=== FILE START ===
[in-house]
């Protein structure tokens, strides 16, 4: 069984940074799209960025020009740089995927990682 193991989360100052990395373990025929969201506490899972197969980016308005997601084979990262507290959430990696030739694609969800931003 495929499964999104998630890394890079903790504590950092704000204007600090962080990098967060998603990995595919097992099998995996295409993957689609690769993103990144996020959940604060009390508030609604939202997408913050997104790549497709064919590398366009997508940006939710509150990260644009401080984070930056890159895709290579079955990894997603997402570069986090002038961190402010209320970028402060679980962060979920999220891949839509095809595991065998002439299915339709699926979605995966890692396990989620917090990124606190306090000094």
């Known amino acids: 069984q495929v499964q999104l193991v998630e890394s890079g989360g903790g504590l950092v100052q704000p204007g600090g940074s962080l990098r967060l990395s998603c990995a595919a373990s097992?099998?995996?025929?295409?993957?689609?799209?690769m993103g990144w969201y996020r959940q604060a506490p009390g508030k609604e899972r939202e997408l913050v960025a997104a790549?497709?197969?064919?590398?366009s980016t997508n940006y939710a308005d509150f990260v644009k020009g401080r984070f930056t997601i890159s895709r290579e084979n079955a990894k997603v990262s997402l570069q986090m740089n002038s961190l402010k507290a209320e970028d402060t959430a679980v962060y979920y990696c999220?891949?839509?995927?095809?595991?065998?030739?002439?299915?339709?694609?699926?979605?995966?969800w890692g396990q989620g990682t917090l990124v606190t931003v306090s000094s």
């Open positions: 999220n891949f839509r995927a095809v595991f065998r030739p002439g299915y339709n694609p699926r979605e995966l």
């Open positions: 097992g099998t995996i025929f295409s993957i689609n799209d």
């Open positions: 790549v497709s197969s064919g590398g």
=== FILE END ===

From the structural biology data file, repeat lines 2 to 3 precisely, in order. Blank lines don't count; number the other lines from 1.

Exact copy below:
């Protein structure tokens, strides 16, 4: 069984940074799209960025020009740089995927990682 193991989360100052990395373990025929969201506490899972197969980016308005997601084979990262507290959430990696030739694609969800931003 495929499964999104998630890394890079903790504590950092704000204007600090962080990098967060998603990995595919097992099998995996295409993957689609690769993103990144996020959940604060009390508030609604939202997408913050997104790549497709064919590398366009997508940006939710509150990260644009401080984070930056890159895709290579079955990894997603997402570069986090002038961190402010209320970028402060679980962060979920999220891949839509095809595991065998002439299915339709699926979605995966890692396990989620917090990124606190306090000094």
């Known amino acids: 069984q495929v499964q999104l193991v998630e890394s890079g989360g903790g504590l950092v100052q704000p204007g600090g940074s962080l990098r967060l990395s998603c990995a595919a373990s097992?099998?995996?025929?295409?993957?689609?799209?690769m993103g990144w969201y996020r959940q604060a506490p009390g508030k609604e899972r939202e997408l913050v960025a997104a790549?497709?197969?064919?590398?366009s980016t997508n940006y939710a308005d509150f990260v644009k020009g401080r984070f930056t997601i890159s895709r290579e084979n079955a990894k997603v990262s997402l570069q986090m740089n002038s961190l402010k507290a209320e970028d402060t959430a679980v962060y979920y990696c999220?891949?839509?995927?095809?595991?065998?030739?002439?299915?339709?694609?699926?979605?995966?969800w890692g396990q989620g990682t917090l990124v606190t931003v306090s000094s």